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What is Blockchain?

Blockchain Defined

A blockchain is a decentralized and distributed digital ledger technology that is used to record transactions across many computers. In the simplest of terms, a time-stamped series of immutable records of data that is managed by a cluster of computers not owned by any single entity. Each of these blocks of data is secured and bound to each other using cryptographic principles to form the chain of blocks.

A solid blockchain network has no central authority. Since it is a shared and immutable ledger, the information in it is open for anyone and everyone to see. Anything that is built on the blockchain is by its very nature transparent and everyone involved is accountable for their actions. Centralized systems have been corrupted time and time again by those in power and by their centralized nature are very vulnerable to attacks. Decentralized Blockchains by nature are a system of checks and balances in terms of control and the nature of being open has them constantly under attack so the longer they operate the stronger they become.

Blockchain Explained

A blockchain carries no transaction cost in the traditional sense (as you’re not paying any centralized institution to transfer your funds), just an infrastructure cost. The blockchain is a simple yet ingenious way of passing information from one place to another in an automated and safe manner. One party to a transaction initiates the process by creating a block. This block is verified by thousands of computers distributed around the world. The verified block is added to a chain, which is stored across the net, creating not just a unique record, but a unique record with a unique history. Falsifying a single record would mean falsifying the entire chain in millions of instances. That is virtually impossible. Bitcoin uses this model for currency transactions, but it can be deployed in many other ways.

Blockchain can also replace all processes and business models which rely on charging a small fee for a transaction, or any other transaction between two parties. Many businesses including banks and credit card companies are considered vampire companies in that they exist to be the middleman and drain a fee for facilitating a service. Even title and loan companies for real estate can be replaced with blockchain technology. Blockchain may make selling recorded music profitable again for artists by cutting out music companies and distributors like Apple or Spotify. The music you buy could even be encoded in the blockchain itself, making it a cloud archive for any song purchased. Because the amounts charged can be so small, subscription and streaming services will become irrelevant. It goes further. Ebooks could be fitted with blockchain code. Instead of Amazon taking a cut, and the credit card company earning money on the sale, the books would circulate in encoded form and a successful blockchain transaction would transfer money to the author and unlock the book. Transfer ALL the money to the author, not just meager royalties. You could do this on a book review website like Goodreads, or on your own website. The marketplace Amazon is then unnecessary. Successful iterations could even include reviews and other third-party information about the book.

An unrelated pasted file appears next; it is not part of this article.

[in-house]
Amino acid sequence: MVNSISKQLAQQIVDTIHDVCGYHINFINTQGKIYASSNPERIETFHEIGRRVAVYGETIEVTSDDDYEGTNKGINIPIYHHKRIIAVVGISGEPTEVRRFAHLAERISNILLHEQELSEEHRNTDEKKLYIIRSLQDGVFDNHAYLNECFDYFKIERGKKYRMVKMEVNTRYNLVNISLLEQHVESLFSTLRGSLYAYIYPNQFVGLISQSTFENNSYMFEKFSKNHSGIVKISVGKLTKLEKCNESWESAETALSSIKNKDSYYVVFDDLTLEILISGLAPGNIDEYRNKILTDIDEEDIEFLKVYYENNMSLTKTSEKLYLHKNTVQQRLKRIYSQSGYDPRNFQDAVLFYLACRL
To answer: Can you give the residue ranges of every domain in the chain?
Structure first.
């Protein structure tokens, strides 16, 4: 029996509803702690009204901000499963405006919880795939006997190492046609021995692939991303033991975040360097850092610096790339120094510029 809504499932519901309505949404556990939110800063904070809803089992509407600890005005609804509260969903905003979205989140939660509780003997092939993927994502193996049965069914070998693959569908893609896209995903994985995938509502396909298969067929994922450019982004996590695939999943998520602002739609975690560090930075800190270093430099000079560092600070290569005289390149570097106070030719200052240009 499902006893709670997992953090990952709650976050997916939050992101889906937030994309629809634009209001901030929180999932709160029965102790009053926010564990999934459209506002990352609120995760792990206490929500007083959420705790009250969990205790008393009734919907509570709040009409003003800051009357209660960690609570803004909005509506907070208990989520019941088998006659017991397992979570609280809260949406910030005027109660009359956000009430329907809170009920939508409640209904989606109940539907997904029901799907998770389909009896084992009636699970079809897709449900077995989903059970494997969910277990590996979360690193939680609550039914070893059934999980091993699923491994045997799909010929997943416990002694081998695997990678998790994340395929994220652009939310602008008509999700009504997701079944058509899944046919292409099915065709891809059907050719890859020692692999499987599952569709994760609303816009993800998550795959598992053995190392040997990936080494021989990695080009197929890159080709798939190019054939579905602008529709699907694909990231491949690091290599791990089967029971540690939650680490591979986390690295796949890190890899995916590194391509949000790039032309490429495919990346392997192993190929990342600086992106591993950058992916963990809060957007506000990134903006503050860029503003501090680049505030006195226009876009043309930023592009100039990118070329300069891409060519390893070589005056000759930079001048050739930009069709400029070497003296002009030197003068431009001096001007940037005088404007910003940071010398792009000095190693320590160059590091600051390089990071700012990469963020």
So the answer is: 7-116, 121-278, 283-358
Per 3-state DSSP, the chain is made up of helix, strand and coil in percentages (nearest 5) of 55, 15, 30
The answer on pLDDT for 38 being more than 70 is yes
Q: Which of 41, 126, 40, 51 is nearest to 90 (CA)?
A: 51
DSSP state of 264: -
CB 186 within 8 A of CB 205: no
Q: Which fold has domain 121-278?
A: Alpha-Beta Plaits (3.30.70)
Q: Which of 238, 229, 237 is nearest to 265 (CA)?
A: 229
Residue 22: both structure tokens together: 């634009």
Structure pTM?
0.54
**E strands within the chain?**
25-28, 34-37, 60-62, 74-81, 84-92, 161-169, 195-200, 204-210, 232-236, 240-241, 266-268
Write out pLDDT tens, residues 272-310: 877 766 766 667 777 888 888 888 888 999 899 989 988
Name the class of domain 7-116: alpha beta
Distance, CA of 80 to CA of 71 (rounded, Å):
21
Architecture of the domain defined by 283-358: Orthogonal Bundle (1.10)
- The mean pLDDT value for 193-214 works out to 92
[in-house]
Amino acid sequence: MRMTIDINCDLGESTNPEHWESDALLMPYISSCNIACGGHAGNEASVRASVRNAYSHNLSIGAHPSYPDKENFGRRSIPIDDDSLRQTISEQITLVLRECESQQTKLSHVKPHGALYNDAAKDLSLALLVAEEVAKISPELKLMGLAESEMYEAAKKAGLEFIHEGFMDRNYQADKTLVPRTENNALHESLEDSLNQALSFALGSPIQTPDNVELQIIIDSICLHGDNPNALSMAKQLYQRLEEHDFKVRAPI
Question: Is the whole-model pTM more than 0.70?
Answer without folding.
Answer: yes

In the financial world the applications are more obvious and the revolutionary changes more imminent. Blockchains will change the way stock exchanges work, loans are bundled, and insurances contracted. They will eliminate bank accounts and practically all services offered by banks. Almost every financial institution will go bankrupt or be forced to change fundamentally, once the advantages of a safe ledger without transaction fees is widely understood and implemented. After all, the financial system is built on taking a small cut of your money for the privilege of facilitating a transaction. Bankers will become mere advisers, not gatekeepers of money. Stockbrokers will no longer be able to earn commissions and the buy/sell spread will disappear.

How Does Blockchain Work?
Imagine a spreadsheet that is duplicated thousands of times across a network of computers and that spreadsheet is updated on a regular schedule. Blockchain is not owned by a single entity, therefore, it is decentralized and the data in it is stored using cryptography.

There are 5 main pillars (as defined by Andreas Antonopolous) of blockchains that determine the strength and integrity of a blockchain, open, borderless, neutral, censorship-resistant, and public:

1. Open - Anyone can access and participate in it without the need for authorization and vetting.

2. Borderless - Just like the internet, there are no borders. Blockchain is everywhere you are in the world.

3. Neutral - Sending and receiving are neutral on all sides. Does not matter who the sender is, who the receiver is, or what the reason for the transaction is.

4. Censorship-Resistant - no force or entity can stop a transaction from happening. It is truly peer to peer with no central authority that can stop, prevent, or alter a transaction or any other data on the blockchain.

5. Public - everything that is done is verifiable on the network by every other user. This allows transparency for everyone to see what has happened.